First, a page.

One of the insights from Ashley's book about strong emotions struck me in particular: The idea of "repairing strategies" in a conversation that seems to be getting too emotional. Repairing strategies are ways to calm the conversation down without negating the other person's feelings.
One way to do this is to match, superficially, the emotional level of the other person. Not completely - like don't start shouting if the other person is shouting, that just escalates - but if the other person in the conversation starts to get close to shouting, start to raise your own voice while still staying calm, and become a little more animated, in order to show that you are feeling the same way as the other person. This helps to validate the other person's feelings, and can naturally start to calm them down.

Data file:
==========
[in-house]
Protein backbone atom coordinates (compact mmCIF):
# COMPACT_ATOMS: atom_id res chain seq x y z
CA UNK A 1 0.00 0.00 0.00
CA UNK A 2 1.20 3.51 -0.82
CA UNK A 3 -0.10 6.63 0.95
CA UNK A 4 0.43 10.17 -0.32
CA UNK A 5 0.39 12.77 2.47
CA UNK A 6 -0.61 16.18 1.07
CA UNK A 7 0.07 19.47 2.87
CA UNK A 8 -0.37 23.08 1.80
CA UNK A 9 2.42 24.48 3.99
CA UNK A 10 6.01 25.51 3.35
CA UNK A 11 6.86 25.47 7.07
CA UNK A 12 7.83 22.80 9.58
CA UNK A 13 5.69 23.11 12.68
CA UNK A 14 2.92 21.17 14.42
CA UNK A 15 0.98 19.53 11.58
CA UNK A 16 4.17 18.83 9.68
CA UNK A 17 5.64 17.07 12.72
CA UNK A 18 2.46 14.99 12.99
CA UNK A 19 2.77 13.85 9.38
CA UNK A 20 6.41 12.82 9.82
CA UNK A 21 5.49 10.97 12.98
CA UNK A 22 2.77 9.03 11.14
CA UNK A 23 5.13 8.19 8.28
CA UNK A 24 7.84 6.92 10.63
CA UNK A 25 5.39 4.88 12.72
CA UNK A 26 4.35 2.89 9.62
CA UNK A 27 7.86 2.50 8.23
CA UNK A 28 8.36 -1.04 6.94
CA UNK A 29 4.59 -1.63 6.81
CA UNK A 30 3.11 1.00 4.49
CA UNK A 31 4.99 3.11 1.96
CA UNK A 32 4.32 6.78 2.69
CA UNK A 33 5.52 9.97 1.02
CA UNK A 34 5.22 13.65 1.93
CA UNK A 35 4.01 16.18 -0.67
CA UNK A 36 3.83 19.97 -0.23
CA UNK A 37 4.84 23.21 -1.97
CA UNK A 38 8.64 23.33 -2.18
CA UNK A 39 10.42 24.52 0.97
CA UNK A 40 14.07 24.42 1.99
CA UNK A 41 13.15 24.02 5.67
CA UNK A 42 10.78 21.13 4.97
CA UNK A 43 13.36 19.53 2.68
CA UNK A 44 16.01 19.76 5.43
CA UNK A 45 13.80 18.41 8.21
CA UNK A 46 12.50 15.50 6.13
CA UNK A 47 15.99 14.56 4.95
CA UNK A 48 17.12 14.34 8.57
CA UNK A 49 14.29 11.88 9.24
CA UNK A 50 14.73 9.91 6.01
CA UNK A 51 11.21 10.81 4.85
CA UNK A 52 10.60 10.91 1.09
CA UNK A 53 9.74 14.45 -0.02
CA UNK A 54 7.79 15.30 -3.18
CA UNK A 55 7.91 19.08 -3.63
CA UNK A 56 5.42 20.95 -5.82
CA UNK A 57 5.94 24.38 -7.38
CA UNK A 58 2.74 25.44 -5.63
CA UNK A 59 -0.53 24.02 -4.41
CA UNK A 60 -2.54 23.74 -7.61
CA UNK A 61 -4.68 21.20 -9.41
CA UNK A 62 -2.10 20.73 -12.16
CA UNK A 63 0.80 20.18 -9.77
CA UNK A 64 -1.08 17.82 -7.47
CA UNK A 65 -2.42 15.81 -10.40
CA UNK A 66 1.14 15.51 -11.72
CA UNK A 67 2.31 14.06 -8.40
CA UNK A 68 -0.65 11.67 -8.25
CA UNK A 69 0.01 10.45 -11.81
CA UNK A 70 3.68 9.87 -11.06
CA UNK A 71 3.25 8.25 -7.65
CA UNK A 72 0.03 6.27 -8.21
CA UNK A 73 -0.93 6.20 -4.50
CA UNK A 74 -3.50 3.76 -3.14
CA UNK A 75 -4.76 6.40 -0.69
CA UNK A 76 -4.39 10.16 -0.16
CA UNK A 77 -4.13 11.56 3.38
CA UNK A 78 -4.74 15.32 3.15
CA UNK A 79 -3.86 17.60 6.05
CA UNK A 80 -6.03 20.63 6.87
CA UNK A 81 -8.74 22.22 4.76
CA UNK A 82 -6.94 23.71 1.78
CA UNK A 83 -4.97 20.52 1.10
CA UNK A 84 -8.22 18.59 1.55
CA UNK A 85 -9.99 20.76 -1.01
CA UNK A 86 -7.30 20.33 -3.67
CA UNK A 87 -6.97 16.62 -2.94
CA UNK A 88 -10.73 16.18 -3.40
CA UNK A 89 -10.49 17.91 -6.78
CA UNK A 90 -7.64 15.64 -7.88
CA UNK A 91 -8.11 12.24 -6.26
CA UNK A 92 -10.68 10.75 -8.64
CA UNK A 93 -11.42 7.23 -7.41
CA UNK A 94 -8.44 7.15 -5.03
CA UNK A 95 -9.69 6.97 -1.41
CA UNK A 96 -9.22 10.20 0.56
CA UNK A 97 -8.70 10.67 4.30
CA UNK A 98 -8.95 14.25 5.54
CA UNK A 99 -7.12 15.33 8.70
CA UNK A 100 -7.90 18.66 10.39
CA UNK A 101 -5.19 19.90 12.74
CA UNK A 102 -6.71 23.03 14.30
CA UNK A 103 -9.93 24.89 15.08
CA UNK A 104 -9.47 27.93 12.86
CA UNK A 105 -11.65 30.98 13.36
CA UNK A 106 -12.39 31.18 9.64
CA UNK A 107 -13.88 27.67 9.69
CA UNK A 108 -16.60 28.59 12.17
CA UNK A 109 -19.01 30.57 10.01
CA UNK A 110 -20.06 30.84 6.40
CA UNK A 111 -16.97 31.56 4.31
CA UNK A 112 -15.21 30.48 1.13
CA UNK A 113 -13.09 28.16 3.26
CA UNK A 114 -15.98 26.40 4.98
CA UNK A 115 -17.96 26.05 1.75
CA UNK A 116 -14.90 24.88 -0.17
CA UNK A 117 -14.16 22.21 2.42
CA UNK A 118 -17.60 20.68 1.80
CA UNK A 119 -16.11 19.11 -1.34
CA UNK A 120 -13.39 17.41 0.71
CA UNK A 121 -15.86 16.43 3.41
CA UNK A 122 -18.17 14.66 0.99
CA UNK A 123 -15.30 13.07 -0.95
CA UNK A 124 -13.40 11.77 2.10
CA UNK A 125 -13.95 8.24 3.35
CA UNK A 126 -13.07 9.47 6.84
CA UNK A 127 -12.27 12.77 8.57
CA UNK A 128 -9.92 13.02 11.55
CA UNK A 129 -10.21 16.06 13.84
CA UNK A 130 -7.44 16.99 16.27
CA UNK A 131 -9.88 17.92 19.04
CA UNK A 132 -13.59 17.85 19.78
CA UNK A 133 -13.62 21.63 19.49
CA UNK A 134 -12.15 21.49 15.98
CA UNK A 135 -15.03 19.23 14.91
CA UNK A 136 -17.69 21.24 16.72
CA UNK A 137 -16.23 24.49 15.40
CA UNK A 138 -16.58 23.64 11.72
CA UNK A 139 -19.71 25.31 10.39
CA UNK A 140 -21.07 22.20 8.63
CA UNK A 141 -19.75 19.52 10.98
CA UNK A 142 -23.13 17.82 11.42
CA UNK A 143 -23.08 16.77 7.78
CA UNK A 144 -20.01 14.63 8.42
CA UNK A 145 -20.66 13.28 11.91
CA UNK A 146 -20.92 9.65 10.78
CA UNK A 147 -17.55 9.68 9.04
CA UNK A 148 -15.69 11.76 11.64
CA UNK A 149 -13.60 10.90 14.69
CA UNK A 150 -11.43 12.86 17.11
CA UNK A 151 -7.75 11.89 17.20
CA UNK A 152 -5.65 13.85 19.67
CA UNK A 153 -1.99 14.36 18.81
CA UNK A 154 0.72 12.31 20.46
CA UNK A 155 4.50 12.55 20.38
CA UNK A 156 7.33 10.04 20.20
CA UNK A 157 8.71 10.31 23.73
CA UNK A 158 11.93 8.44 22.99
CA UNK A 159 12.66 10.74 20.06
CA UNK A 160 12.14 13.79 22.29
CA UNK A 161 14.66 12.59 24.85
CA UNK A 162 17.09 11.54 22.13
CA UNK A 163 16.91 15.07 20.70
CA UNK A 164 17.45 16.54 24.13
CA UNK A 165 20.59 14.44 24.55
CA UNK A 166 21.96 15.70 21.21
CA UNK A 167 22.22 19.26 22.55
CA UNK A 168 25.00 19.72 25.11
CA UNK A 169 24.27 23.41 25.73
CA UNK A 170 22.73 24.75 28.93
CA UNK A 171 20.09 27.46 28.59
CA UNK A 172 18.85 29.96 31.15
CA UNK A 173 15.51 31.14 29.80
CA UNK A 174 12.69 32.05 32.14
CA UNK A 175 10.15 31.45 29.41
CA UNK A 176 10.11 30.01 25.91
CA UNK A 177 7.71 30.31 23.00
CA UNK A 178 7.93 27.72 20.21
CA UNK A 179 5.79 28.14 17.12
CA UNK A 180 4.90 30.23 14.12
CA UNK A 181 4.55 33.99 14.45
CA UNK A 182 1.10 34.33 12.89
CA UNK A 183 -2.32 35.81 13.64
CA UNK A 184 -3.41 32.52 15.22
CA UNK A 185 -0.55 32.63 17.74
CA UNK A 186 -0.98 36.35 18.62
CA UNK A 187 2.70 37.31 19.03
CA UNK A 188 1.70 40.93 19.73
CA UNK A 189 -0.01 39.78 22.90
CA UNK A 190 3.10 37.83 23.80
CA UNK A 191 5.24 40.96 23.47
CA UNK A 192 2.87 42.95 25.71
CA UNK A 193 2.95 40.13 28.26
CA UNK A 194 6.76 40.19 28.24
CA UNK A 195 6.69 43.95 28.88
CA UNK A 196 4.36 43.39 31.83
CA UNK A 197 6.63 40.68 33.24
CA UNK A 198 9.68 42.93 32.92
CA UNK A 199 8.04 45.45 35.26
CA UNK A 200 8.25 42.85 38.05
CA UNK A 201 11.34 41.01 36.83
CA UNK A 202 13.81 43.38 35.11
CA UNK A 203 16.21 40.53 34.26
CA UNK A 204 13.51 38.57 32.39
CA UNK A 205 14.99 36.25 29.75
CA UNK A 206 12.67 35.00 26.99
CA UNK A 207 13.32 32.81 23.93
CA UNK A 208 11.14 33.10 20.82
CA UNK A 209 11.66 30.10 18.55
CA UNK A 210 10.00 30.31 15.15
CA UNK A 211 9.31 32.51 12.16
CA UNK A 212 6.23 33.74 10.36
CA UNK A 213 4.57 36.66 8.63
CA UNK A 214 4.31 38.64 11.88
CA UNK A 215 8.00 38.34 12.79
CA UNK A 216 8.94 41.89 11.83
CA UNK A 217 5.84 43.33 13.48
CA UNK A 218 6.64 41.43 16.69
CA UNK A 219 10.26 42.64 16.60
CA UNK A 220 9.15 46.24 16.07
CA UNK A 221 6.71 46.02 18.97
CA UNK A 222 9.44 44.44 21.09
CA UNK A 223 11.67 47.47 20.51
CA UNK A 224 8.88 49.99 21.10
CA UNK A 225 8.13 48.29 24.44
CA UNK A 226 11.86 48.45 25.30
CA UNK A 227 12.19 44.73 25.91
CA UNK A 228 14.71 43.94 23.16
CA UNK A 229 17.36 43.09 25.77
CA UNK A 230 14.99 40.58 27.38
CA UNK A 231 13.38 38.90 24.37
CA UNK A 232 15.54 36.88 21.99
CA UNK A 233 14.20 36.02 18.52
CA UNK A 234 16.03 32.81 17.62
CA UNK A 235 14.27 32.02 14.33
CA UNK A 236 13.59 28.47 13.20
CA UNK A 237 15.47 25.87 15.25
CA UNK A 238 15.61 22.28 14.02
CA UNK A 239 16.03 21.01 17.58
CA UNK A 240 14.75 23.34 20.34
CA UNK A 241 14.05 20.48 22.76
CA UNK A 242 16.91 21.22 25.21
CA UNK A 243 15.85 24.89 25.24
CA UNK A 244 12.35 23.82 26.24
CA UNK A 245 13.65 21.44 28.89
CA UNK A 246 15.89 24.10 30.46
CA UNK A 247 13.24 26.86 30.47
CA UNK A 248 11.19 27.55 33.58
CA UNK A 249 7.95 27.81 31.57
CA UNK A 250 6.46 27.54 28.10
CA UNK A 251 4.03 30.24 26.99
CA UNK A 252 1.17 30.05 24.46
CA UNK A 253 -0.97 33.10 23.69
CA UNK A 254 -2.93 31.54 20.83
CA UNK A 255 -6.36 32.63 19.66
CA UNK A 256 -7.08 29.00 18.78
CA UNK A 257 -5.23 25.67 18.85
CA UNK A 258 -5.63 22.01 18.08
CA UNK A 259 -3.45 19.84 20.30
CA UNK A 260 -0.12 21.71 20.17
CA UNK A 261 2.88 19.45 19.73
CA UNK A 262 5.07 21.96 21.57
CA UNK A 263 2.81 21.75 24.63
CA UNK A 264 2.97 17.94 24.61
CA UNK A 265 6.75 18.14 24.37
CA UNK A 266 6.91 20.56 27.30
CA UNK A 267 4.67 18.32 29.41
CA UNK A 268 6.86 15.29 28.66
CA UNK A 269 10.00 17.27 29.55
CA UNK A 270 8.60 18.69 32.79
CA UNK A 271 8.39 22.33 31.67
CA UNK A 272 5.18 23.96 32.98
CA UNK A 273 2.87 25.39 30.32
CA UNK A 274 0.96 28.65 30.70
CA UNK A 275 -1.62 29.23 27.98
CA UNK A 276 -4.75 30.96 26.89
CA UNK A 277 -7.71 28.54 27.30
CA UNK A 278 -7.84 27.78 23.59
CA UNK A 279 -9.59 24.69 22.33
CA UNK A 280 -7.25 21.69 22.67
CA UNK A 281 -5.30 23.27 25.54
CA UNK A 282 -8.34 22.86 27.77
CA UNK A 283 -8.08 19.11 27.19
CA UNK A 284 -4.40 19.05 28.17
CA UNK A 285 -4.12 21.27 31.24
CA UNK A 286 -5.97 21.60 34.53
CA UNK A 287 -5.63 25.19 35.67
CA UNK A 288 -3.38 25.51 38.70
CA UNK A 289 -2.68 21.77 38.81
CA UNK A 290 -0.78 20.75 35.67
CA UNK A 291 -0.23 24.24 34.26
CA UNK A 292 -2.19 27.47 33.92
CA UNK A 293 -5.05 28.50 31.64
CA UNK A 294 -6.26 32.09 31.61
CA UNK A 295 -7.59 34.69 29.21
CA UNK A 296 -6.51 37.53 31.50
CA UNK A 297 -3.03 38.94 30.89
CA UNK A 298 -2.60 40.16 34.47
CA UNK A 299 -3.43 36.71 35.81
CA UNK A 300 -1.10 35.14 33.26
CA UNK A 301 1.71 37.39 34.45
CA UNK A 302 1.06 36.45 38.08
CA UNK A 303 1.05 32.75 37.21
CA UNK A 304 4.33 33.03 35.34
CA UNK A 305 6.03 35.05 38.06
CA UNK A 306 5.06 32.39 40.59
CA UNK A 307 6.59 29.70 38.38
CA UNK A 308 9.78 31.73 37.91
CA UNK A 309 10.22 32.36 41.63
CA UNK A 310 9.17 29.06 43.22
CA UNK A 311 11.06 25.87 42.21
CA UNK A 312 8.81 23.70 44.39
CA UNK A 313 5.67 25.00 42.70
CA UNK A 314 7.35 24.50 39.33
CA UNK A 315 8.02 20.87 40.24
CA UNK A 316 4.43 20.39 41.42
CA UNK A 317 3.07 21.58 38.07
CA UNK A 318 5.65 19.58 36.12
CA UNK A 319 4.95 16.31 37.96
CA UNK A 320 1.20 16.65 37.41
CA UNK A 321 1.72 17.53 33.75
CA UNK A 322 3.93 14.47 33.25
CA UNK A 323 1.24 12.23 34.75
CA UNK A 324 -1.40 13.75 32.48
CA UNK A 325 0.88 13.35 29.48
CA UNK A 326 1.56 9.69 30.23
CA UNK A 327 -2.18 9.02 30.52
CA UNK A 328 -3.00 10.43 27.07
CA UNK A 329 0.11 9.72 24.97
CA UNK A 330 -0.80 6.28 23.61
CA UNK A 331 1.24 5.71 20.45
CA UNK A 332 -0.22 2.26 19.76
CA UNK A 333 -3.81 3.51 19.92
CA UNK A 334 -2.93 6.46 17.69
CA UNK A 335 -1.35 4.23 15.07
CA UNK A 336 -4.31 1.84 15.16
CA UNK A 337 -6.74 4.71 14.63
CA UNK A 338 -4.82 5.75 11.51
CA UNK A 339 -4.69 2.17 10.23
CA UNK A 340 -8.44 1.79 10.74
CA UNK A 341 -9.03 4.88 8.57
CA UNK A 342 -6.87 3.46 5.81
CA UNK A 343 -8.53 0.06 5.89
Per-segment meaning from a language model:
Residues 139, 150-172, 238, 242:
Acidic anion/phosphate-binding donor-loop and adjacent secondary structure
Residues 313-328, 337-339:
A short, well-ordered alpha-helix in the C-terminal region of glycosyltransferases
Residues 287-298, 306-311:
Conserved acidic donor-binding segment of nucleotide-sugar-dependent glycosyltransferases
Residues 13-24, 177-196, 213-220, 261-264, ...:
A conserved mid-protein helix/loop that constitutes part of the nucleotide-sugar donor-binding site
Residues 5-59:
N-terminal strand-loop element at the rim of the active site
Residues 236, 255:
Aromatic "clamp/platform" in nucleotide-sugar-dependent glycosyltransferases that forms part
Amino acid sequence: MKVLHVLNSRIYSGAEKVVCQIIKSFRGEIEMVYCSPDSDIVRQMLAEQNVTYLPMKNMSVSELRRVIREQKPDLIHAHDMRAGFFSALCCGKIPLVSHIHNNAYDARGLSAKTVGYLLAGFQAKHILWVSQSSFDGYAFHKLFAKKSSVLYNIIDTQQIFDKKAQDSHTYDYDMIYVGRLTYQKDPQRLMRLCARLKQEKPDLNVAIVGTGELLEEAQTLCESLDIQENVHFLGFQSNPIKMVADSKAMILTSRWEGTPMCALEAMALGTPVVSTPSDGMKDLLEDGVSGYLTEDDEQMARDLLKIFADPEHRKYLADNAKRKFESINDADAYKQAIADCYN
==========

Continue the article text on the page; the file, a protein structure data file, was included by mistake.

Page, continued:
Another strategy is to literally admit that you are confused or that you don't know what to say or do, but at the same time to explicitly state that you share the other person's concern. So for example, "I hear you and I agree that this is serious. But honestly, I don't know what to do about it."